The VP Professional Services work during due diligence, integration planning, and rollout activities. They will assess the consulting leadership and staff as well as their consulting offerings. They will also assess the depth, quality, and availability of external consulting partners.
The senior HR executive participates in due diligence, integration planning, and acquisition roll out. They will be responsible for assessing talent throughout the organization. During diligence they will assess compensation plans, benefit plans, human resource information systems, training programs, compliance with various regulations, and employee-related litigation. During Integration Planning they will determine how to blend compensation and benefit plans. In many acquisitions some employee positions are cut or made redundant. The senior HR executive will determine and manage severance plans. They orchestrate the process of notifying employees of the termination of their employment. They handle mandatory regulatory notifications, like warnings under the U.S. Worker Adjustment and Retraining Act. The VP HR will also coordinate dealings with international employee organizations such as European Works Councils.
Investment bankers are third party agents that assist buyers or sellers in M&A transactions. Bankers work for either the buyer or the seller but not both. Often investment bankers introduce acquirers to potential acquisition candidates. Companies can also hire investment bankers to represent them in sale discussions. Sometimes bankers run an auction process where a seller tries to engage multiple buyers to maximize the sale price. Investment bankers serve as counselors to their clients, helping them to make the best possible decisions at each stage of the process. Investment bankers receive a retainer fee and a percentage of the final sale price. There may be bonuses for achieving certain goals like exceeding a target sales price or closing the deal in a short time frame.
Outside Legal Counsel is often retained by a company’s General Counsel to assist in the transaction. They are experts in specific legal areas like drafting definitive agreements or obtaining regulatory approvals.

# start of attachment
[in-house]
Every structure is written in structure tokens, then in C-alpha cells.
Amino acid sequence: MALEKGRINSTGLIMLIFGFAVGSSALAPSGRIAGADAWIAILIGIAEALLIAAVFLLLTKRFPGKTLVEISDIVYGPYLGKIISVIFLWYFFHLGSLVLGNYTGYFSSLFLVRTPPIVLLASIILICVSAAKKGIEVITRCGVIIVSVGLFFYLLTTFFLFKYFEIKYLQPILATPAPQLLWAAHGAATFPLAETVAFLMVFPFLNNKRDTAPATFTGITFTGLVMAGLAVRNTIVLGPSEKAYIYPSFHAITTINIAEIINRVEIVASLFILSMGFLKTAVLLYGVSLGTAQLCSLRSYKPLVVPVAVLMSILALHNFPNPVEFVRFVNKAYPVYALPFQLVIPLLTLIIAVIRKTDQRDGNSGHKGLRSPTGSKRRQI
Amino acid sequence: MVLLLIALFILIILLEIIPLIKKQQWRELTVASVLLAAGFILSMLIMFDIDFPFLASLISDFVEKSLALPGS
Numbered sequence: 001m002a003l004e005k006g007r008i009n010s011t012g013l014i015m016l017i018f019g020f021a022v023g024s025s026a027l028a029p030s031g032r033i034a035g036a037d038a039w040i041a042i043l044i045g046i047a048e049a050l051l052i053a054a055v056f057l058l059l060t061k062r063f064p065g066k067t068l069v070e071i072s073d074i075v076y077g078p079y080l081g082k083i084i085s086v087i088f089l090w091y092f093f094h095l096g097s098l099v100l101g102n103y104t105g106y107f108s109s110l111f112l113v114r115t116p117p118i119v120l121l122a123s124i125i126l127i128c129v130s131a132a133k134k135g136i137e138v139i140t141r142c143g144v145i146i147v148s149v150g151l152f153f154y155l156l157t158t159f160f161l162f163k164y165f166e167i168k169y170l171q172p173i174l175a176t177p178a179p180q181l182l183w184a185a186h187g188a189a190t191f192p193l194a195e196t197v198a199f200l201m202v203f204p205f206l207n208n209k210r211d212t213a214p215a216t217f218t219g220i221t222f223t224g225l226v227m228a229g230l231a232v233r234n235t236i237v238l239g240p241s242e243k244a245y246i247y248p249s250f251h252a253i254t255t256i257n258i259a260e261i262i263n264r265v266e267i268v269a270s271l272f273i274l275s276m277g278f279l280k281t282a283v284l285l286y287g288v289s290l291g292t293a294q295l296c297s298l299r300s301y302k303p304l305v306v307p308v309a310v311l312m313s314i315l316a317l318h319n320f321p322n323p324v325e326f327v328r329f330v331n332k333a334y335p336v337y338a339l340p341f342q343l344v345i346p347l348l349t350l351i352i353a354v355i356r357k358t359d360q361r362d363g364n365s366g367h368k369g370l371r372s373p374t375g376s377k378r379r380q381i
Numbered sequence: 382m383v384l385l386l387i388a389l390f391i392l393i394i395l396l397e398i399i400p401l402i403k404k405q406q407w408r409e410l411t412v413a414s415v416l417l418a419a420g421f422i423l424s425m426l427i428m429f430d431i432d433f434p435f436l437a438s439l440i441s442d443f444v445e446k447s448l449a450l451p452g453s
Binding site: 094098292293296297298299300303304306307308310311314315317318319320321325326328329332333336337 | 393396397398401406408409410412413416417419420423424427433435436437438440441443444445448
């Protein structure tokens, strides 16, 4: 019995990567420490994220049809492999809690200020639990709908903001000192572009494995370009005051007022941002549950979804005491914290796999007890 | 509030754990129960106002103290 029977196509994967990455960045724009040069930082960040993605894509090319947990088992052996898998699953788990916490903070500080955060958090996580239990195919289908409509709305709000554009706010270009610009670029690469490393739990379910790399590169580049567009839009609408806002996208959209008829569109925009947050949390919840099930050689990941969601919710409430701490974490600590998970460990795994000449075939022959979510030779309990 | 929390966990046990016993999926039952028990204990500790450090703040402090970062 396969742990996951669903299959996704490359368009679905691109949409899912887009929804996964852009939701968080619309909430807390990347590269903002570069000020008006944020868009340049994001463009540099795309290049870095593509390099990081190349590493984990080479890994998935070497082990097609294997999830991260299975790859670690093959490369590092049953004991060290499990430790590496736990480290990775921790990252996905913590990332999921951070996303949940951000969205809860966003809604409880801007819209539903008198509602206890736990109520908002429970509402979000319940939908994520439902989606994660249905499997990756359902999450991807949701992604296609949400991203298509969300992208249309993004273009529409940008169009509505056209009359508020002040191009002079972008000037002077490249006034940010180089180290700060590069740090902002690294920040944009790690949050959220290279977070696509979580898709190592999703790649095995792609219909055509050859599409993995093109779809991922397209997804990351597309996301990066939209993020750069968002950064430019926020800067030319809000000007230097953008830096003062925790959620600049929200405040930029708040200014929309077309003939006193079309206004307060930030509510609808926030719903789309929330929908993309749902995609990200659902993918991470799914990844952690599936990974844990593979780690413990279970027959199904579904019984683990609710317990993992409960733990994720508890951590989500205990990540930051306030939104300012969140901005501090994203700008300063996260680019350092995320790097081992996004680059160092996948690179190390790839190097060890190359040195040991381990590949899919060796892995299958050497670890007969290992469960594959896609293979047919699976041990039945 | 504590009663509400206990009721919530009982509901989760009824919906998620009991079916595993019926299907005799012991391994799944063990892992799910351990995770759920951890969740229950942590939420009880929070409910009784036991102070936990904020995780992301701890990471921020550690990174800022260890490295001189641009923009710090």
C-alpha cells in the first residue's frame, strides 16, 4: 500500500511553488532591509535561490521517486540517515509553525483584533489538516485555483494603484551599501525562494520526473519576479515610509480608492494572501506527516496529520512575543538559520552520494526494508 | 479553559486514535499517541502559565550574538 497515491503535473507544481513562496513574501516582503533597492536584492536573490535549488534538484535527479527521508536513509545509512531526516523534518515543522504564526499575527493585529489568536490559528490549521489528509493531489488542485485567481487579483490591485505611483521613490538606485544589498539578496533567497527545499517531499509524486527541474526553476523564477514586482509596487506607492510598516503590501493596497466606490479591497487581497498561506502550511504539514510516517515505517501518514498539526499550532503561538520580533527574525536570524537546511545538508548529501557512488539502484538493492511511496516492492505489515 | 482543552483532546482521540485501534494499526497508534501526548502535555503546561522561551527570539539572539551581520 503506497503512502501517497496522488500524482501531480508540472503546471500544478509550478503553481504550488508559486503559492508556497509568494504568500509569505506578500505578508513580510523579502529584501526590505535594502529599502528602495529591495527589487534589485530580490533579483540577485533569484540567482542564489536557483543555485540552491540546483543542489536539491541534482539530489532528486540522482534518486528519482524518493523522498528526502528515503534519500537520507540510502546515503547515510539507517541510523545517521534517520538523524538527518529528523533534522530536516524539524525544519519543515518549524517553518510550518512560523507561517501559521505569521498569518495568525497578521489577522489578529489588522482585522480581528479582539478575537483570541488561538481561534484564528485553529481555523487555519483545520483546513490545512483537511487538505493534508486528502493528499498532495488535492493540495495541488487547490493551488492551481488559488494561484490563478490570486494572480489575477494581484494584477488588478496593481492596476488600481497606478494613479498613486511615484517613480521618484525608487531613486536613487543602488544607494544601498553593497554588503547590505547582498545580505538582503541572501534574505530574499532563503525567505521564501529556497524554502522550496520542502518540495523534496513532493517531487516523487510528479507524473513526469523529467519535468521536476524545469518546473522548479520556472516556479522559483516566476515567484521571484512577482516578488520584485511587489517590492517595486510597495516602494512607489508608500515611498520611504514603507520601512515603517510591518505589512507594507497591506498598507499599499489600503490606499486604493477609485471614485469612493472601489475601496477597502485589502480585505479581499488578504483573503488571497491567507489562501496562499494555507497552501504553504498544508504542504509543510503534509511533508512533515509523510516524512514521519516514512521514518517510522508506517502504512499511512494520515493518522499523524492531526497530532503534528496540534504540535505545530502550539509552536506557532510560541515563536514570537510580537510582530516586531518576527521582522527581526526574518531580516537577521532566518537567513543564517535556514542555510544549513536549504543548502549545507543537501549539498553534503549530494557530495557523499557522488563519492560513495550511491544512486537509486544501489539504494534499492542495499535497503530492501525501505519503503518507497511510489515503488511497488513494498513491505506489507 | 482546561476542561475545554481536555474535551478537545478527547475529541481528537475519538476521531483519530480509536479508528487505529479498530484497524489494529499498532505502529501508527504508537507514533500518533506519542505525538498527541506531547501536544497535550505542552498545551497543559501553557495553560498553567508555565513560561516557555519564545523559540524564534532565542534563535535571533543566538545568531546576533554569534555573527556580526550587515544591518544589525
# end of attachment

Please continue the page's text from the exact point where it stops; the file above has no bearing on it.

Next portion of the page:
Valuation consultants perform complex financial analyses. Valuing intangible assets is a common task. This is needed to determine how much accounting goodwill needs to be added to the acquirer’s balance sheet.
Public Relations Agencies are often retained by the acquirer’s marketing organization to assist in message creation, media placements, and journalist interviews.
Most M&A projects follow a similar process. There are some variations depending on whether one or both of the companies is public and whether the deal requires regulatory approval. Unless they are actively involved in the deal team product managers are usually only involved in a couple of the processes at most. Product managers should understand the overall process so they can properly prepare themselves and set the appropriate expectations with their team, peers, partners, customers, and prospects. The overall process looks like this:
Depending on the type of deal, not all steps are required. Here is a brief overview of each step in the process.
Most acquiring organizations have a process for developing their acquisition strategy. This involves identifying and analyzing potential acquisition candidates, and monitoring market conditions. When the time is right, the first step is for the acquirer to approach a potential acquisition candidate. The CEO and the VP Corporate Development reach out and arrange an initial meeting. The purpose of these meetings is to explore whether there is an interest and fit between what the two companies are trying to achieve.
If one or more of the companies involved in the deal is public, then the chronology of these early meetings is disclosed in proxy statement filed with the SEC. For example, check out page 95 of Sendgrid’s proxy statement that was filed in conjunction with its acquisition by Twilio in 2018.
If the initial meetings are positive, the next step is for the acquirer to submit an initial offer that is often known as a term sheet. A term sheet is a non-binding offer that describes the significant terms and conditions that would govern the deal. Most potential acquires require some type of formal offer before they will commit to entering into formal acquisition activities. They want to be able to judge the suitability of a potential deal as well as the likelihood that the acquirer can actually execute and close the deal.
The next step is for the acquirer to conduct legal, financial, and operational due diligence. Due diligence help the acquirer understand the details of a target’s business as well as risks and opportunities. This information helps assess whether their initial offer is fair and that they can achieve the benefits of the acquisition.
Legal due diligence looks at matters like corporate organization, stockholders, contracts, litigation, and regulatory matters to name a few. Financial diligence focuses on the quality and accuracy of the target’s financial statements, financial systems, cash flow, debt agreements, etc. Operational due diligence focuses on a detailed understanding of a company’s operations – marketing, product management, development, operations, customer service, sales, professional services, human resources, and finance/administration. Product Managers are often involved in operational due diligence activities due to their intimate knowledge of markets, customers, roadmaps, competitors, etc.